A dog with bad breath is something that can make any dog owner gag. Even though your dog might think that you appreciate a big wet kiss if he has bad breath, then getting up close and personal to your dog’s smelly mouth is the last thing that you want to experience. Smelly dog breath isn’t just smelly, it could also be a sign of a health problem. There are many reasons why your dog has bad breath, and it’s a good idea to do a bit of research into the possible causes of bad breath and what you can do to treat it.
Causes of Bad Dog Breath
We all know that dogs like to eat yucky things, and ingesting inappropriate items can cause noxious breath. Other issues such as metabolic diseases can also cause halitosis, but the most common cause of bad dog breath is periodontal disease. Just like humans, dogs can experience plaque build-up on their teeth, which can then turn into tartar, accumulating around the gum lines causing irritation, gum inflammation (gingivitis), bone/soft tissue loss, abscesses, and gum disease. The good news is that gum disease can be managed with regular dental care.
Preventing Bad Dog Breath in Boxborough, MA
Below are listed some ways to help prevent bad breath in your dog.
Perhaps the best way to keep your dog’s mouth healthy and to control bad breath is to brush his teeth because it’s an excellent way to prevent tartar and plaque buildup. The more often you can brush your dog’s teeth, the better. In fact, daily brushing is ideal. Although most dogs aren’t very fond of the idea at first, training your dog to have his teeth brushed can be done. There are many dental products available, and it’s important to buy toothpaste made specifically for dogs because human toothpaste contains ingredients such as xylitol that are toxic to dogs.
Dog toothpaste comes in a variety of flavors ranging from chicken or peanut butter flavor, and dogs can learn to like the flavor. Also, many dog toothpastes are enzymatic, which means that they have properties (enzymes) that help reduce bacteria, limit tartar buildup, and improve bad breath. When brushing your dog’s teeth, you should use a toothbrush made especially for dogs or a brush that fits over your fingertip. If you have any questions about brushing your dog’s teeth, ask your veterinarian for recommendations.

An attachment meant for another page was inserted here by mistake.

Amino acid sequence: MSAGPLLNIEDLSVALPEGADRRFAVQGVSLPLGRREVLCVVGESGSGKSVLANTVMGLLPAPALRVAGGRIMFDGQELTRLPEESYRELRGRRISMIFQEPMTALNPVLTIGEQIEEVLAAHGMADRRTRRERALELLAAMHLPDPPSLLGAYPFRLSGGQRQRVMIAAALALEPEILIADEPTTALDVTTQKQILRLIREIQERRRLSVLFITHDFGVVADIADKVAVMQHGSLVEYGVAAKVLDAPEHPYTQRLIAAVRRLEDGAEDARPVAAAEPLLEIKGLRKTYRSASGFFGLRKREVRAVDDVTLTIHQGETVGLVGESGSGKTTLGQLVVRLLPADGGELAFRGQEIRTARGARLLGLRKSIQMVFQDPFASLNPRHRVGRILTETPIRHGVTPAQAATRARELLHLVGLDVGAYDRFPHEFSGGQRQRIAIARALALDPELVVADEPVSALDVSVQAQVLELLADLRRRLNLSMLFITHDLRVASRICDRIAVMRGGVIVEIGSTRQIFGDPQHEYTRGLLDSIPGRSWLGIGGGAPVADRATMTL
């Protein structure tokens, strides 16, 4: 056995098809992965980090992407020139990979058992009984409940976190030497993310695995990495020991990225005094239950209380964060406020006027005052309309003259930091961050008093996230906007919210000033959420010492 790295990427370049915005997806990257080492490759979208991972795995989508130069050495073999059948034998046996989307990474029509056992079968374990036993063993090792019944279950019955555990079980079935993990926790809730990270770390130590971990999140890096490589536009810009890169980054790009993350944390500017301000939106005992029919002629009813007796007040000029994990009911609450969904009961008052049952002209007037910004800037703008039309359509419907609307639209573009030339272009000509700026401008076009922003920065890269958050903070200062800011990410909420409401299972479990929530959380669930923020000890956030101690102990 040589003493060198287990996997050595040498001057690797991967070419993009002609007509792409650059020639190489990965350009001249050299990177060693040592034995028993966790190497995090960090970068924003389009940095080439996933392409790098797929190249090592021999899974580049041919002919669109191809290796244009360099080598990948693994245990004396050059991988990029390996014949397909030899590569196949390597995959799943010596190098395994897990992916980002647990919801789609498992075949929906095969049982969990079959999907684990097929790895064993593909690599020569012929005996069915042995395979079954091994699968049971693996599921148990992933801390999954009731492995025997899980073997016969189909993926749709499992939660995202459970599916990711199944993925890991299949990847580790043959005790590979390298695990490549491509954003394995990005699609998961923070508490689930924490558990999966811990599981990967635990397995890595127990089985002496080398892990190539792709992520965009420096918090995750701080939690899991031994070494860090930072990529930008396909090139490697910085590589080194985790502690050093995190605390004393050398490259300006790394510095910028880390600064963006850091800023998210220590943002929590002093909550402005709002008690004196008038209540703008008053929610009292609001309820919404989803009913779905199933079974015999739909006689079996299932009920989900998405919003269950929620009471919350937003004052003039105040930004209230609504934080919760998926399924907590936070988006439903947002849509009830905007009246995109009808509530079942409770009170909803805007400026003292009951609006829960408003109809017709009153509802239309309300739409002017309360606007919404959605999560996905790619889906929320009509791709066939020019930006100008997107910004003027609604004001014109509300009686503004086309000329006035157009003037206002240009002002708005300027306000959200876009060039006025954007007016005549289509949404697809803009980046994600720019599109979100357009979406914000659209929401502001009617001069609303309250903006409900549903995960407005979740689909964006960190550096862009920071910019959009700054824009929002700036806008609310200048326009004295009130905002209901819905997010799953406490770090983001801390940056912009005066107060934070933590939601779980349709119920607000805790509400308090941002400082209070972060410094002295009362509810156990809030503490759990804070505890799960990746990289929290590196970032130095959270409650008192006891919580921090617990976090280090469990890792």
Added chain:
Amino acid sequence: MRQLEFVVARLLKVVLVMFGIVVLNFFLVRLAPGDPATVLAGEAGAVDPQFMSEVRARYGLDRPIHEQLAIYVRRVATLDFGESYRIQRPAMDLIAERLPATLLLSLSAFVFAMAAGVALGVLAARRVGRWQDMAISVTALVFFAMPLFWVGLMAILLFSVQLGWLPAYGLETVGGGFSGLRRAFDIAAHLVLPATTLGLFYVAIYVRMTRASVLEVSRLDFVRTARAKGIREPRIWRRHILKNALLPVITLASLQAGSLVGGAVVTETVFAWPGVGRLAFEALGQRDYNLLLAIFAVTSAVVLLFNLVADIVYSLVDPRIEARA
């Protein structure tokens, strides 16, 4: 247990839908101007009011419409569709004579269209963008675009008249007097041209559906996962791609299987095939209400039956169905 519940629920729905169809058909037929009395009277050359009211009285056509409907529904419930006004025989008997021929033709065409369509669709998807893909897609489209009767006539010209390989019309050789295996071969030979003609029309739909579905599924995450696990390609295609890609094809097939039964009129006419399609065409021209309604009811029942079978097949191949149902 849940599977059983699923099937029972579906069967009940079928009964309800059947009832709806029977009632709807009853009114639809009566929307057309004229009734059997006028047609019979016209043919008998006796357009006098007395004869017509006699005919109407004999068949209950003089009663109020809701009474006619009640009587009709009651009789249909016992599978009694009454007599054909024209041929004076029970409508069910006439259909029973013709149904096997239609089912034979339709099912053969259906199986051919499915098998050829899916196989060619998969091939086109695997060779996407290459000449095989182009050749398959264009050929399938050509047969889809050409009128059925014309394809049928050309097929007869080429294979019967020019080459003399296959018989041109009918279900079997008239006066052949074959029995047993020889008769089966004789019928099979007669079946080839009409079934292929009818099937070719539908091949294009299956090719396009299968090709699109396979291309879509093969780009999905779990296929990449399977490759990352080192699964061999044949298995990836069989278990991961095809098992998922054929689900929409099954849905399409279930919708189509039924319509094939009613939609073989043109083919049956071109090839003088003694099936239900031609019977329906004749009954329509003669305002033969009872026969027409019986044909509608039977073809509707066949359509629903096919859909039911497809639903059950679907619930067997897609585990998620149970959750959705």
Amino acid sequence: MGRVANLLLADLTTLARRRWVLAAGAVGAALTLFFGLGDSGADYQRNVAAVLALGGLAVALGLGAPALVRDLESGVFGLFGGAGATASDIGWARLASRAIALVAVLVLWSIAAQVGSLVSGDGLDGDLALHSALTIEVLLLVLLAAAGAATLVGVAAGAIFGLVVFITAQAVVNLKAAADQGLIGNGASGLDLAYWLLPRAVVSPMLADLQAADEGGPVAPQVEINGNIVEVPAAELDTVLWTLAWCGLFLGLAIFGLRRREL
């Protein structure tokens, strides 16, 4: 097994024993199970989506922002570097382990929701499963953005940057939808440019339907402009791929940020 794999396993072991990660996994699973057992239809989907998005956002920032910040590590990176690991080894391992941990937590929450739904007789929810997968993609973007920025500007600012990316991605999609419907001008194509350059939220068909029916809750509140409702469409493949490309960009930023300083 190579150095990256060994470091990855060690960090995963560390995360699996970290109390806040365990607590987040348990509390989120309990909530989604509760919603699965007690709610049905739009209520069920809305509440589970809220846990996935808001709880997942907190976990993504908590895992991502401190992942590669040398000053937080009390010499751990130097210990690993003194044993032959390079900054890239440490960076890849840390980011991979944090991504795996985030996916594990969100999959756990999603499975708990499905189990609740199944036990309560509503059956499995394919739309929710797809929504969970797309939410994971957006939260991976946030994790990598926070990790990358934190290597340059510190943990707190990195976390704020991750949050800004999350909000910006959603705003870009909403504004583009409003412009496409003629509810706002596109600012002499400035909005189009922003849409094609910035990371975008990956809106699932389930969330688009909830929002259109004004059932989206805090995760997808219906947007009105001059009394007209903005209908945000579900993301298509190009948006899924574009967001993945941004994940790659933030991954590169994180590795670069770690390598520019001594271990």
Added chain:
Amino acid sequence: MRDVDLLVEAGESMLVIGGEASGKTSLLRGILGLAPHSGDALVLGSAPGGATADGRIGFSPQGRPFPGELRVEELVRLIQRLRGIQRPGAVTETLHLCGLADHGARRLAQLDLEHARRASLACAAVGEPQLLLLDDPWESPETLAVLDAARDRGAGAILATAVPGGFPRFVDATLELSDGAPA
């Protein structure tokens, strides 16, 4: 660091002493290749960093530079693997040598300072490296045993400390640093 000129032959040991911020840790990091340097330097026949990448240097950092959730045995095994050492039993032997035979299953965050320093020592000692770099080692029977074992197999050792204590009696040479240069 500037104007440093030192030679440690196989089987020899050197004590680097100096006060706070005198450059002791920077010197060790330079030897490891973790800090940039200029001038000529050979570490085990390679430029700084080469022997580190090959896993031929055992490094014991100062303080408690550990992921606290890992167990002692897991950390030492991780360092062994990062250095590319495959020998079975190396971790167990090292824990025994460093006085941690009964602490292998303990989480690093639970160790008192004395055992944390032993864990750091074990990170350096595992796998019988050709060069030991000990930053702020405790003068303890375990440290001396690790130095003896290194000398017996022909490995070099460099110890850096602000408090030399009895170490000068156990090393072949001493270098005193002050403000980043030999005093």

Dog Dental Treats
Dogs love treats, and dental treats are a very good way to maintain your dog’s dental health and help combat bad breath. Dental treats are made to remove plaque buildup, and they contain ingredients that freshen your dog’s breath and can break up plaque and tartar. Dental chews and treats come in a variety of shapes, sizes, and flavors, and it should be easy to find a treat that your dog likes. But be sure it isn’t too hard. Some treats and chews can break teeth.
If brushing your dog’s teeth isn’t an option, you may want to try dental wipes. Tooth wipes are designed to be rubbed against your dog’s teeth to help remove plaque and tartar. Wipes work similarly to toothbrushes, but unlike tooth brushing, wipes can’t get into the tiny nooks and crannies that a brush can.
Special Dental Diets